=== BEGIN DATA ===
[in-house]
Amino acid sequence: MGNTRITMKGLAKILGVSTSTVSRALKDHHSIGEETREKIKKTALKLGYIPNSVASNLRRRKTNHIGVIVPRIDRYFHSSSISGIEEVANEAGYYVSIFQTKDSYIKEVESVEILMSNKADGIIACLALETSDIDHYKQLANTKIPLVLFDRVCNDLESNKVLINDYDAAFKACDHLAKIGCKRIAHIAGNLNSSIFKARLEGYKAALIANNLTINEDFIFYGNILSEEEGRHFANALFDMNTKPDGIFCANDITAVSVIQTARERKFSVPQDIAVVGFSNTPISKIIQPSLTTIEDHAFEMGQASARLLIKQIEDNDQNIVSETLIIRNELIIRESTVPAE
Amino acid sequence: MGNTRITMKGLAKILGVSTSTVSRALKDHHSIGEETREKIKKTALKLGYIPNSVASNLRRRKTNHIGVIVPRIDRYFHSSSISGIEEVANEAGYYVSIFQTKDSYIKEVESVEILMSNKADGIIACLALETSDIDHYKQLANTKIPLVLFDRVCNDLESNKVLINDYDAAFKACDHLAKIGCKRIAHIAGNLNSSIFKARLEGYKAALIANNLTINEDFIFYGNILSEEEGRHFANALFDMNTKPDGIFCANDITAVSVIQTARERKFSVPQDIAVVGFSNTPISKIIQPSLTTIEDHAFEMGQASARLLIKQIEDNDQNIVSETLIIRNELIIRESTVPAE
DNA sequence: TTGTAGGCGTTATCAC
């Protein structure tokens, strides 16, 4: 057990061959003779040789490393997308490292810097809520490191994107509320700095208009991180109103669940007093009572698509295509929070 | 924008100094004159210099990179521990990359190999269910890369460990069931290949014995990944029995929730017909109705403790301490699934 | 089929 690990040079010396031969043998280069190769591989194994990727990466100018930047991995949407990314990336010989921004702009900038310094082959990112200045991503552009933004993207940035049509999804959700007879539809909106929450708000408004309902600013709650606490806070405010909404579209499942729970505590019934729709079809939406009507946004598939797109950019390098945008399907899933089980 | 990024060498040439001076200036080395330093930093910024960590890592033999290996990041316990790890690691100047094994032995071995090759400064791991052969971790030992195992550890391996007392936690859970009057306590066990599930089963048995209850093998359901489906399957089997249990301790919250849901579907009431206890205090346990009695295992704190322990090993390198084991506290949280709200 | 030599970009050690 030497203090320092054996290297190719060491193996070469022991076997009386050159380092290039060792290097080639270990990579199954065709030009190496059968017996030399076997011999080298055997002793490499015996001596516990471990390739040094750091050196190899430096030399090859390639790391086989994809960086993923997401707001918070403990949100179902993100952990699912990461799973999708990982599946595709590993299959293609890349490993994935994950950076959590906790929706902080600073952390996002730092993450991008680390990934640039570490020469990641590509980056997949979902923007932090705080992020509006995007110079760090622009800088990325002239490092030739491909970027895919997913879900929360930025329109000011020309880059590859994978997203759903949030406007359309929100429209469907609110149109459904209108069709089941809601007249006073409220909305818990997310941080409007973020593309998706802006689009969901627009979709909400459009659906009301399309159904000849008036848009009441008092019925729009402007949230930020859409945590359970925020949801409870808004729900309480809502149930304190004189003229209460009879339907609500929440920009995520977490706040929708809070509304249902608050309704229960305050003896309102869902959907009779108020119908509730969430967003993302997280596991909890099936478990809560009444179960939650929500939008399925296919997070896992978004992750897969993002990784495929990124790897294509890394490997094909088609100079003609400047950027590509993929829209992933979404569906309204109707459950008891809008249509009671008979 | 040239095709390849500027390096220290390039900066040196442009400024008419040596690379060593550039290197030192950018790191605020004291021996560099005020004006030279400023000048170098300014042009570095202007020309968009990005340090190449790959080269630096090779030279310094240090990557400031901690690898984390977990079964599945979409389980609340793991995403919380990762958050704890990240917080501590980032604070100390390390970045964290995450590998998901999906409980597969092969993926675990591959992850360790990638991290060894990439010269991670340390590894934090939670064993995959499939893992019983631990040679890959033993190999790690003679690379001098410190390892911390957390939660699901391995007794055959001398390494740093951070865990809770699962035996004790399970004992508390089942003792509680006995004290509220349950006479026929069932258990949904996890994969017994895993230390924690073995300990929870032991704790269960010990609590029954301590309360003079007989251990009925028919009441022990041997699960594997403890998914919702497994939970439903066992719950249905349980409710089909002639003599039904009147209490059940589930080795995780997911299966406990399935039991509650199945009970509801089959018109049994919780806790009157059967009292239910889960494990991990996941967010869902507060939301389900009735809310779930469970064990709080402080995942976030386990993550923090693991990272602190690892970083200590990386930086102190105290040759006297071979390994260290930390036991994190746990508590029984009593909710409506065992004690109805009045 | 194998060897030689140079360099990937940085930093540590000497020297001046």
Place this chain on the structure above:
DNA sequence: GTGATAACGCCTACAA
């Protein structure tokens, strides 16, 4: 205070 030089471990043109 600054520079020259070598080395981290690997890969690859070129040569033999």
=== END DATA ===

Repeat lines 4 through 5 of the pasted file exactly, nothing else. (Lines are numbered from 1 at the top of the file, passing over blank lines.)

DNA sequence: TTGTAGGCGTTATCAC
């Protein structure tokens, strides 16, 4: 057990061959003779040789490393997308490292810097809520490191994107509320700095208009991180109103669940007093009572698509295509929070 | 924008100094004159210099990179521990990359190999269910890369460990069931290949014995990944029995929730017909109705403790301490699934 | 089929 690990040079010396031969043998280069190769591989194994990727990466100018930047991995949407990314990336010989921004702009900038310094082959990112200045991503552009933004993207940035049509999804959700007879539809909106929450708000408004309902600013709650606490806070405010909404579209499942729970505590019934729709079809939406009507946004598939797109950019390098945008399907899933089980 | 990024060498040439001076200036080395330093930093910024960590890592033999290996990041316990790890690691100047094994032995071995090759400064791991052969971790030992195992550890391996007392936690859970009057306590066990599930089963048995209850093998359901489906399957089997249990301790919250849901579907009431206890205090346990009695295992704190322990090993390198084991506290949280709200 | 030599970009050690 030497203090320092054996290297190719060491193996070469022991076997009386050159380092290039060792290097080639270990990579199954065709030009190496059968017996030399076997011999080298055997002793490499015996001596516990471990390739040094750091050196190899430096030399090859390639790391086989994809960086993923997401707001918070403990949100179902993100952990699912990461799973999708990982599946595709590993299959293609890349490993994935994950950076959590906790929706902080600073952390996002730092993450991008680390990934640039570490020469990641590509980056997949979902923007932090705080992020509006995007110079760090622009800088990325002239490092030739491909970027895919997913879900929360930025329109000011020309880059590859994978997203759903949030406007359309929100429209469907609110149109459904209108069709089941809601007249006073409220909305818990997310941080409007973020593309998706802006689009969901627009979709909400459009659906009301399309159904000849008036848009009441008092019925729009402007949230930020859409945590359970925020949801409870808004729900309480809502149930304190004189003229209460009879339907609500929440920009995520977490706040929708809070509304249902608050309704229960305050003896309102869902959907009779108020119908509730969430967003993302997280596991909890099936478990809560009444179960939650929500939008399925296919997070896992978004992750897969993002990784495929990124790897294509890394490997094909088609100079003609400047950027590509993929829209992933979404569906309204109707459950008891809008249509009671008979 | 040239095709390849500027390096220290390039900066040196442009400024008419040596690379060593550039290197030192950018790191605020004291021996560099005020004006030279400023000048170098300014042009570095202007020309968009990005340090190449790959080269630096090779030279310094240090990557400031901690690898984390977990079964599945979409389980609340793991995403919380990762958050704890990240917080501590980032604070100390390390970045964290995450590998998901999906409980597969092969993926675990591959992850360790990638991290060894990439010269991670340390590894934090939670064993995959499939893992019983631990040679890959033993190999790690003679690379001098410190390892911390957390939660699901391995007794055959001398390494740093951070865990809770699962035996004790399970004992508390089942003792509680006995004290509220349950006479026929069932258990949904996890994969017994895993230390924690073995300990929870032991704790269960010990609590029954301590309360003079007989251990009925028919009441022990041997699960594997403890998914919702497994939970439903066992719950249905349980409710089909002639003599039904009147209490059940589930080795995780997911299966406990399935039991509650199945009970509801089959018109049994919780806790009157059967009292239910889960494990991990996941967010869902507060939301389900009735809310779930469970064990709080402080995942976030386990993550923090693991990272602190690892970083200590990386930086102190105290040759006297071979390994260290930390036991994190746990508590029984009593909710409506065992004690109805009045 | 194998060897030689140079360099990937940085930093540590000497020297001046």